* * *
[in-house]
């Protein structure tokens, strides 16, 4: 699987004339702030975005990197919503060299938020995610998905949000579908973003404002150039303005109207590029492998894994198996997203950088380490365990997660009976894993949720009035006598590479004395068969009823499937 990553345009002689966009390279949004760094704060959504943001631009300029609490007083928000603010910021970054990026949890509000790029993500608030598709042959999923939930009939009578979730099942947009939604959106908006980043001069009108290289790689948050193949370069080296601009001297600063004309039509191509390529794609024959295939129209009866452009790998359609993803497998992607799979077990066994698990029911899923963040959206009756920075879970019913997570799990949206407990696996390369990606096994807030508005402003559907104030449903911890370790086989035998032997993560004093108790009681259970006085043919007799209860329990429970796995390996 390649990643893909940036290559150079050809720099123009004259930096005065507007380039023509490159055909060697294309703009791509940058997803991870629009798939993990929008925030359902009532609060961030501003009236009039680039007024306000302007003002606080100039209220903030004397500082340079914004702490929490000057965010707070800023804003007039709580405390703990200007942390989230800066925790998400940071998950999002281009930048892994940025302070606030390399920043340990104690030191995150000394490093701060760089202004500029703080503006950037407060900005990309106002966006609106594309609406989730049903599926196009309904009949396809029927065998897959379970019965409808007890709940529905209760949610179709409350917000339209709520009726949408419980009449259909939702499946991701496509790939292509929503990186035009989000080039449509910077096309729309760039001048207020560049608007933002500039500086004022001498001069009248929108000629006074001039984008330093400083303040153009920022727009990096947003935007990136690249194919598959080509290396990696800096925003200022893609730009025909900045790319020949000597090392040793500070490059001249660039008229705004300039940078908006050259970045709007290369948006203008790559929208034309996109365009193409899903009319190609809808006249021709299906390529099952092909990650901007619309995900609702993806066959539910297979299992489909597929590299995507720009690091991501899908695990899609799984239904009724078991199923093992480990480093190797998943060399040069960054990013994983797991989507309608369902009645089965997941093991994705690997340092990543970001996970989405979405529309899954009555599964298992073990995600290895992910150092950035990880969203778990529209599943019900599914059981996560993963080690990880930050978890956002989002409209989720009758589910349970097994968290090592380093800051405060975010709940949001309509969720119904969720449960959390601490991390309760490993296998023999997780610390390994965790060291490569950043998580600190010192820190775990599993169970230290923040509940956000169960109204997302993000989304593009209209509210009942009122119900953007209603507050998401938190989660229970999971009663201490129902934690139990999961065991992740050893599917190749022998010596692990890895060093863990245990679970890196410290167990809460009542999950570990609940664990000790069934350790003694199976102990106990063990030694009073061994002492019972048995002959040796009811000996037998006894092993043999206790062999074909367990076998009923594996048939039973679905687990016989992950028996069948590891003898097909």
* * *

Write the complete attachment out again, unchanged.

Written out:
[in-house]
């Protein structure tokens, strides 16, 4: 699987004339702030975005990197919503060299938020995610998905949000579908973003404002150039303005109207590029492998894994198996997203950088380490365990997660009976894993949720009035006598590479004395068969009823499937 990553345009002689966009390279949004760094704060959504943001631009300029609490007083928000603010910021970054990026949890509000790029993500608030598709042959999923939930009939009578979730099942947009939604959106908006980043001069009108290289790689948050193949370069080296601009001297600063004309039509191509390529794609024959295939129209009866452009790998359609993803497998992607799979077990066994698990029911899923963040959206009756920075879970019913997570799990949206407990696996390369990606096994807030508005402003559907104030449903911890370790086989035998032997993560004093108790009681259970006085043919007799209860329990429970796995390996 390649990643893909940036290559150079050809720099123009004259930096005065507007380039023509490159055909060697294309703009791509940058997803991870629009798939993990929008925030359902009532609060961030501003009236009039680039007024306000302007003002606080100039209220903030004397500082340079914004702490929490000057965010707070800023804003007039709580405390703990200007942390989230800066925790998400940071998950999002281009930048892994940025302070606030390399920043340990104690030191995150000394490093701060760089202004500029703080503006950037407060900005990309106002966006609106594309609406989730049903599926196009309904009949396809029927065998897959379970019965409808007890709940529905209760949610179709409350917000339209709520009726949408419980009449259909939702499946991701496509790939292509929503990186035009989000080039449509910077096309729309760039001048207020560049608007933002500039500086004022001498001069009248929108000629006074001039984008330093400083303040153009920022727009990096947003935007990136690249194919598959080509290396990696800096925003200022893609730009025909900045790319020949000597090392040793500070490059001249660039008229705004300039940078908006050259970045709007290369948006203008790559929208034309996109365009193409899903009319190609809808006249021709299906390529099952092909990650901007619309995900609702993806066959539910297979299992489909597929590299995507720009690091991501899908695990899609799984239904009724078991199923093992480990480093190797998943060399040069960054990013994983797991989507309608369902009645089965997941093991994705690997340092990543970001996970989405979405529309899954009555599964298992073990995600290895992910150092950035990880969203778990529209599943019900599914059981996560993963080690990880930050978890956002989002409209989720009758589910349970097994968290090592380093800051405060975010709940949001309509969720119904969720449960959390601490991390309760490993296998023999997780610390390994965790060291490569950043998580600190010192820190775990599993169970230290923040509940956000169960109204997302993000989304593009209209509210009942009122119900953007209603507050998401938190989660229970999971009663201490129902934690139990999961065991992740050893599917190749022998010596692990890895060093863990245990679970890196410290167990809460009542999950570990609940664990000790069934350790003694199976102990106990063990030694009073061994002492019972048995002959040796009811000996037998006894092993043999206790062999074909367990076998009923594996048939039973679905687990016989992950028996069948590891003898097909």